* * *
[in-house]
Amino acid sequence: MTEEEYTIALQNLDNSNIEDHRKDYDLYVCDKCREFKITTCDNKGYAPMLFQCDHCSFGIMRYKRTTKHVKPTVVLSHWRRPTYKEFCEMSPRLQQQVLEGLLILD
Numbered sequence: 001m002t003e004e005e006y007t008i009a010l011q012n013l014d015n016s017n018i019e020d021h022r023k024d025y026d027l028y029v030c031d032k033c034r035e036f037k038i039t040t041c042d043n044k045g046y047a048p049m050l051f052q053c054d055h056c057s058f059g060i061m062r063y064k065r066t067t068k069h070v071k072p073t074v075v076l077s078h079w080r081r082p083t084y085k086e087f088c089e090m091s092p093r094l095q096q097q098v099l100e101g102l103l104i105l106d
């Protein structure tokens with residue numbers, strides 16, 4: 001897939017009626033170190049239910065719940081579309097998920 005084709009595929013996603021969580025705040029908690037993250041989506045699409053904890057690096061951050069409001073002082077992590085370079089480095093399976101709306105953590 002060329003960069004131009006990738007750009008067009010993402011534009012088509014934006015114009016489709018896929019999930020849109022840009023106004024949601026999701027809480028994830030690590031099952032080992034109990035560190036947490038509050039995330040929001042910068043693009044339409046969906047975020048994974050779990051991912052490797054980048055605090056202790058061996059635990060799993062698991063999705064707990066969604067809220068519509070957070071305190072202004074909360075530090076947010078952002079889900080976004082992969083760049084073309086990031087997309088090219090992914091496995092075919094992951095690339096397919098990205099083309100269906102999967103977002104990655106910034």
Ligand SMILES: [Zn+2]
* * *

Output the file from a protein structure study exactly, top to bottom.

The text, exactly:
[in-house]
Amino acid sequence: MTEEEYTIALQNLDNSNIEDHRKDYDLYVCDKCREFKITTCDNKGYAPMLFQCDHCSFGIMRYKRTTKHVKPTVVLSHWRRPTYKEFCEMSPRLQQQVLEGLLILD
Numbered sequence: 001m002t003e004e005e006y007t008i009a010l011q012n013l014d015n016s017n018i019e020d021h022r023k024d025y026d027l028y029v030c031d032k033c034r035e036f037k038i039t040t041c042d043n044k045g046y047a048p049m050l051f052q053c054d055h056c057s058f059g060i061m062r063y064k065r066t067t068k069h070v071k072p073t074v075v076l077s078h079w080r081r082p083t084y085k086e087f088c089e090m091s092p093r094l095q096q097q098v099l100e101g102l103l104i105l106d
């Protein structure tokens with residue numbers, strides 16, 4: 001897939017009626033170190049239910065719940081579309097998920 005084709009595929013996603021969580025705040029908690037993250041989506045699409053904890057690096061951050069409001073002082077992590085370079089480095093399976101709306105953590 002060329003960069004131009006990738007750009008067009010993402011534009012088509014934006015114009016489709018896929019999930020849109022840009023106004024949601026999701027809480028994830030690590031099952032080992034109990035560190036947490038509050039995330040929001042910068043693009044339409046969906047975020048994974050779990051991912052490797054980048055605090056202790058061996059635990060799993062698991063999705064707990066969604067809220068519509070957070071305190072202004074909360075530090076947010078952002079889900080976004082992969083760049084073309086990031087997309088090219090992914091496995092075919094992951095690339096397919098990205099083309100269906102999967103977002104990655106910034």
Ligand SMILES: [Zn+2]